There is much work to be done in terms of determining the exact details of how CBD interacts with CB1 and CB2 receptors, thus impacting the effects produced by THC. When CBD is taken out of context, i.e., in a single cannabinoid medicine, it is unclear how it interacts with THC.
The entourage effect is something that generally refers to all the cannabinoids present in a single specimen of cannabis. Modern science is, as yet, unsure how the entourage effect translates into combining single cannabinoids that have already been isolated from the plant.
For example, in this study, researchers investigated the effects of orally consumed CBD on the effects of smoked THC. When oral CBD was administered, researchers observed no significant effect on any of the outcomes measured. This suggests that CBD’s effects on THC are due to individual differences in plasma drug levels.
Furthermore, modern medicine confirms why THC is psychoactive, namely because THC acts on CB1 receptors (partial agonist) in the central nervous system). CBD, however, is a partial antagonist of CB1 receptors. This may be why it is very difficult to recreate the entourage effect in a laboratory.
CBD is considered to be anti-psychotic and neuroprotective. This has implications for the application of CBD in certain mental illnesses such as bipolar, schizophrenia, dementia etc. However, it is not understood how these characteristics mediate the effects of THC outside of the entourage effect, and therefore requires further research.
Recreational cannabis users and CBD
Different cannabis strains are advertised as having different qualities: “couch-lock”, “energetic”, “powerhouses” and “relaxing”. This is, in large part, due to the concentration of different cannabinoids, terpenes and flavonoids.
The question of whether CBD can counteract the effects of THC has piqued scientific curiosity for some time now. However, designing such a study is extremely difficult because it requires isolating cannabinoids and then administering them together.
This is necessary because otherwise researchers would not know how much of each cannabinoid is administered. At the same time, this kind of study takes cannabinoids out of context and therefore removes the entourage effect, which may be the whole mechanism by which CBD mediates THC effects.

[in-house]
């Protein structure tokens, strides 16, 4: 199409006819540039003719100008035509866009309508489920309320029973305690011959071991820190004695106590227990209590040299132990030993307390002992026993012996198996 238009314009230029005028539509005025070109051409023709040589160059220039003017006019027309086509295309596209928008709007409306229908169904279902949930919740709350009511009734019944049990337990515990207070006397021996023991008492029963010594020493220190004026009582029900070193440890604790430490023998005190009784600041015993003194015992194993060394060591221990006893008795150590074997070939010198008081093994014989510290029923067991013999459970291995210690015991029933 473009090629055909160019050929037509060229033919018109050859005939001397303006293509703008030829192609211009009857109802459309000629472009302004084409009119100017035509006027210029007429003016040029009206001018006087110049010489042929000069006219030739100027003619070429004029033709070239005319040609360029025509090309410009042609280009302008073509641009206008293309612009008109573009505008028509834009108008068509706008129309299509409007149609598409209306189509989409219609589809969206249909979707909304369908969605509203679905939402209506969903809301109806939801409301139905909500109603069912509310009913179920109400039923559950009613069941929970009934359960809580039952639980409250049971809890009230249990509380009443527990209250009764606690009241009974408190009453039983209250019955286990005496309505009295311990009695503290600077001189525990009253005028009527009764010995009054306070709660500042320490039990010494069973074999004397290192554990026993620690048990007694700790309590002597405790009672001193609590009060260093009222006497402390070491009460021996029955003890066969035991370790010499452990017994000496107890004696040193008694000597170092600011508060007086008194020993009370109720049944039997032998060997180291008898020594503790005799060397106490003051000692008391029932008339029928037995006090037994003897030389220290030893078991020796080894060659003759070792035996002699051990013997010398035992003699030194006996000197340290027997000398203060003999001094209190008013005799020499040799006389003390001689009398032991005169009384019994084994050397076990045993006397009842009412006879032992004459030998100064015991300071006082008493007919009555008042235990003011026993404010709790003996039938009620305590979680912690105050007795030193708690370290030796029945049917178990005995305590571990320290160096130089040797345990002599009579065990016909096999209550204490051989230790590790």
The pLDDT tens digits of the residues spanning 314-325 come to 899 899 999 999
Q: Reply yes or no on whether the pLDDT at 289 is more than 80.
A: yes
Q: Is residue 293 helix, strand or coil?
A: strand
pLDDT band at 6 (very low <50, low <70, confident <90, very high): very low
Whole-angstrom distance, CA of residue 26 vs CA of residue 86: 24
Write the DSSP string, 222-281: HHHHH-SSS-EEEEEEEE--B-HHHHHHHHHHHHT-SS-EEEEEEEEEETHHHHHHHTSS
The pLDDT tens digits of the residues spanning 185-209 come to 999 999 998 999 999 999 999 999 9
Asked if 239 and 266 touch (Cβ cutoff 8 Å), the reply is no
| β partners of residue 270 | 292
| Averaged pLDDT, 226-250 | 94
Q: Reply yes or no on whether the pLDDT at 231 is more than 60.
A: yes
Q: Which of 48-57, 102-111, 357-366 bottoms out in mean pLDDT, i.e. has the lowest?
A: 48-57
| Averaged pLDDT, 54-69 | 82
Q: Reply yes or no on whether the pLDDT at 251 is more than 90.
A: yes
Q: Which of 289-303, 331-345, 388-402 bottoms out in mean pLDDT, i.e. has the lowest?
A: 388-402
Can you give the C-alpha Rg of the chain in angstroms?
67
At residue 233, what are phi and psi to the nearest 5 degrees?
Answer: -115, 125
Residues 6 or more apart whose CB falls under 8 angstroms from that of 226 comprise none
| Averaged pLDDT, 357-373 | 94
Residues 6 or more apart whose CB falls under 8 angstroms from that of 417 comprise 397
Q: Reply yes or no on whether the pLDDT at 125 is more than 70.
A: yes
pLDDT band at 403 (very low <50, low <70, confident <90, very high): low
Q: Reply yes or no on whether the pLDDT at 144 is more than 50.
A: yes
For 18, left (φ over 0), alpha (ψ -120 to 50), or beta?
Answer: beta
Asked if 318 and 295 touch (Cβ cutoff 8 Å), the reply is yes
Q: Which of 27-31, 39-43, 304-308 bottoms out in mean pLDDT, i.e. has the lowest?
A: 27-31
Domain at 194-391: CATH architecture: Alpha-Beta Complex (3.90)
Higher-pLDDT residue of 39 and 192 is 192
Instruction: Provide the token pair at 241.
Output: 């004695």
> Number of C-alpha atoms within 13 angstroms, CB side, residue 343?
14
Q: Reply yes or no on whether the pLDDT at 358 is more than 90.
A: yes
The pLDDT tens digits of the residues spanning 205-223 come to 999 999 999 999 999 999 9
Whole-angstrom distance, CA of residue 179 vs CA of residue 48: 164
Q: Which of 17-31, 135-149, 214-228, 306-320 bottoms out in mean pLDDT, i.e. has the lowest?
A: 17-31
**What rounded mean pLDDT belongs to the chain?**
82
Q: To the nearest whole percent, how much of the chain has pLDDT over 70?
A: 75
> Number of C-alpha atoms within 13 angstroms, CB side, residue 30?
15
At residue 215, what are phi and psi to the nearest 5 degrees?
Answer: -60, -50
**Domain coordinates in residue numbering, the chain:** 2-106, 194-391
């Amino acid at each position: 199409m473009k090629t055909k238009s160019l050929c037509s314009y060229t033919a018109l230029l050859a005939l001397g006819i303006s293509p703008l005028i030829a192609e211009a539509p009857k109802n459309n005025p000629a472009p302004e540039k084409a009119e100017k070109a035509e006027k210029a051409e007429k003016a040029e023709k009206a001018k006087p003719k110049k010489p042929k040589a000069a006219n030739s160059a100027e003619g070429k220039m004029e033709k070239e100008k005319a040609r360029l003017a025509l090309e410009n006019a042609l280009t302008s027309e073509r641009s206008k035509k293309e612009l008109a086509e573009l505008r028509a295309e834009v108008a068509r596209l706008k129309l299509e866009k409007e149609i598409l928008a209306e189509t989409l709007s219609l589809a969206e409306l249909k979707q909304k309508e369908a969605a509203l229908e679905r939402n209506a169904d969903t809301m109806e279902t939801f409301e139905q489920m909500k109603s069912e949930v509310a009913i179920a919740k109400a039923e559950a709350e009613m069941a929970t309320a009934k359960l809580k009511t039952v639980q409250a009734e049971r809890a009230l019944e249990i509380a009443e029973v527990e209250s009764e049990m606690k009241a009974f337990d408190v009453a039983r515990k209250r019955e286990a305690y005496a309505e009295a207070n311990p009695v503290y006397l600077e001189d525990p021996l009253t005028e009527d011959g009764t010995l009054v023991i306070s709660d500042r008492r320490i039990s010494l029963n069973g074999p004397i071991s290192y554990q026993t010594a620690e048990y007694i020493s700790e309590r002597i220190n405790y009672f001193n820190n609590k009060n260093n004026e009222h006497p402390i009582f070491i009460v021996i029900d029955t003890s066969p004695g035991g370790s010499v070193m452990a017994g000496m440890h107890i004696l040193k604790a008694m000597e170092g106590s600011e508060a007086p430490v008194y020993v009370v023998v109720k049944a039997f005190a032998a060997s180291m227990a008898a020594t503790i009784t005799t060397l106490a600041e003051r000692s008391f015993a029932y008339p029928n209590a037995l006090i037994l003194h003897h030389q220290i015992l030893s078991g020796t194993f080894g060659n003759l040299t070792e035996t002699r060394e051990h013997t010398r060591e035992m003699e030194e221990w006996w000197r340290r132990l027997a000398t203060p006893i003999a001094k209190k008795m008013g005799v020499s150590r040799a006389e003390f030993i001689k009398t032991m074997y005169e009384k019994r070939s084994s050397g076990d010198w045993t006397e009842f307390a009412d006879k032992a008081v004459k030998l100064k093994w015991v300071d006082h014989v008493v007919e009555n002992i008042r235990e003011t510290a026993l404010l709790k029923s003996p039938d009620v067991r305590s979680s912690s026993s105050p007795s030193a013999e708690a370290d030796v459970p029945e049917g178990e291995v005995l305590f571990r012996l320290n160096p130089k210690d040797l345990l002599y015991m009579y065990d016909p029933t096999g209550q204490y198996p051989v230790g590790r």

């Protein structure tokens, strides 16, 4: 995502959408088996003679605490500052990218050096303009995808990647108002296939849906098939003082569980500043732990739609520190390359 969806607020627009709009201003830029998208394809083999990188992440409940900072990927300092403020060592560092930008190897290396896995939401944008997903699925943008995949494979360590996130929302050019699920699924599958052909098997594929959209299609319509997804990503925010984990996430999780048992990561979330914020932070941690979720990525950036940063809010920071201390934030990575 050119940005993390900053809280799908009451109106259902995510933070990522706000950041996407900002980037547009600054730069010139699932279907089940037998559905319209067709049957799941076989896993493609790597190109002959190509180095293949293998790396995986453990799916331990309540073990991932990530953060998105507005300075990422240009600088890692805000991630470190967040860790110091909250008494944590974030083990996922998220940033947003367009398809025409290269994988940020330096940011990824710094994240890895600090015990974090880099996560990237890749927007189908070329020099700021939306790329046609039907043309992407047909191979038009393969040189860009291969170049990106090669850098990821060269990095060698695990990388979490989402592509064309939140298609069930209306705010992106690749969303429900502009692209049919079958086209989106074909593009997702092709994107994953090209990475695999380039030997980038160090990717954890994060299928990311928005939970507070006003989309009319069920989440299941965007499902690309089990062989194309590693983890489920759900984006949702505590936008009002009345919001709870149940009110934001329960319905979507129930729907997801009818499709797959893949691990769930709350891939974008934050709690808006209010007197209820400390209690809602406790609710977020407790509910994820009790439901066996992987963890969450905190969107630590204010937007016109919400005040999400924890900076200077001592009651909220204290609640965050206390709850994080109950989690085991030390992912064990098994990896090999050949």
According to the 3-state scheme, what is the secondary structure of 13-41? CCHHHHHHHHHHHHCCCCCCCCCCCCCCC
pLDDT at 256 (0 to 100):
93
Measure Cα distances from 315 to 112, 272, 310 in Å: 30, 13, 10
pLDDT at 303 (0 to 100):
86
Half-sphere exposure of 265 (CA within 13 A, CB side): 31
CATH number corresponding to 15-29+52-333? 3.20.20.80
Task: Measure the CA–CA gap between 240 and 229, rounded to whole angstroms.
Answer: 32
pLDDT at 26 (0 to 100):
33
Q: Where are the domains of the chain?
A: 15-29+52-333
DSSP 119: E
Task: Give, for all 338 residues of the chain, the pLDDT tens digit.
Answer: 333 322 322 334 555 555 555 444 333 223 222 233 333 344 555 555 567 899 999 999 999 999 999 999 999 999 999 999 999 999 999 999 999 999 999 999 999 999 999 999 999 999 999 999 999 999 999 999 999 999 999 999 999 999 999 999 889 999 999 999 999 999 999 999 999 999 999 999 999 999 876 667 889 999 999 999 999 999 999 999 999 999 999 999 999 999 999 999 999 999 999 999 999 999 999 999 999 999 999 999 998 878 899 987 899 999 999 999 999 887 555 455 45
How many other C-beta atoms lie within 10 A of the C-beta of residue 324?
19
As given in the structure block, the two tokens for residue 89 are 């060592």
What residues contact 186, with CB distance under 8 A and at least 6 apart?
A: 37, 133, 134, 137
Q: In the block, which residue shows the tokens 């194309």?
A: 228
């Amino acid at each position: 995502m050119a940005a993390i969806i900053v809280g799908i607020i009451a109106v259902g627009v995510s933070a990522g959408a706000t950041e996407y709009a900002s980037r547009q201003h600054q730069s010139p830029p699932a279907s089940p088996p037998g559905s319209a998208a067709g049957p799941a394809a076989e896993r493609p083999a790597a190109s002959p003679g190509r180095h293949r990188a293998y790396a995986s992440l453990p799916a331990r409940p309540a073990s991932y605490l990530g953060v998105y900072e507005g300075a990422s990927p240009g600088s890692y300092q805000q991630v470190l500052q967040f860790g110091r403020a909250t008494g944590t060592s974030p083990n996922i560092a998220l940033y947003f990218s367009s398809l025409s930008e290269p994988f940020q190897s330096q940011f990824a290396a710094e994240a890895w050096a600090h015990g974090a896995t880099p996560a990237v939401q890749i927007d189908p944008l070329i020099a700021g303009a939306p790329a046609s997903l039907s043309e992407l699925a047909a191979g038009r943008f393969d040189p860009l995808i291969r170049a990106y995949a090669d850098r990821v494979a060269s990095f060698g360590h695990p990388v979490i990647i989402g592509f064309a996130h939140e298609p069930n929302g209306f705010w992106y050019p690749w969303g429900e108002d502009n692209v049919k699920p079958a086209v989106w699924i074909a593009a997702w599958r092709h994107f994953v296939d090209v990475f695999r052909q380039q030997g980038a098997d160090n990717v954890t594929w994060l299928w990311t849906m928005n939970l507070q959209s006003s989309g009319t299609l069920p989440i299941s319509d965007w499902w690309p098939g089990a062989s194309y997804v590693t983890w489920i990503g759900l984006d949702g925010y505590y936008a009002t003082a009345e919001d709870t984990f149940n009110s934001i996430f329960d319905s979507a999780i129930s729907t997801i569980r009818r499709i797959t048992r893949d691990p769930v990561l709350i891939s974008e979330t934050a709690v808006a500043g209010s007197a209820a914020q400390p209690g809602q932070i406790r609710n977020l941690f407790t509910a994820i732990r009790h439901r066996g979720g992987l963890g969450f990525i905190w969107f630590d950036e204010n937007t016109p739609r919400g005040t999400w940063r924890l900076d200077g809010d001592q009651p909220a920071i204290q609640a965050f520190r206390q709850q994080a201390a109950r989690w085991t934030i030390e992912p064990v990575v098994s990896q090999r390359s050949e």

As a result, anecdotal stories and recreational users remain some of the best sources of information regarding how CBD mediates the effects of THC.
It has become increasingly commonplace for recreational users to resort to CBD in the event of a ‘white-out’ (an unpleasant but harmless cannabis ‘overdose’). Recreational users report that this works, which would create an unusual situation where CBD could be used by recreational cannabis users.
But in the spirit of making the cannabis experience an inclusive one, it is important – even to those who don’t need it – to wonder in which contexts recreational CBD could in fact be beneficial. It’s an important consequence of this question, alongside whether CBD can help those using medicinal THC to overcome the unwanted side effects.
Don’t forget to tell us about your own experience with THC & CBD in the comments section!
- Disclaimer:This article is not a substitute for professional medical advice, diagnosis, or treatment. Always consult with your doctor or other licensed medical professional. Do not delay seeking medical advice or disregard medical advice due to something you have read on this website.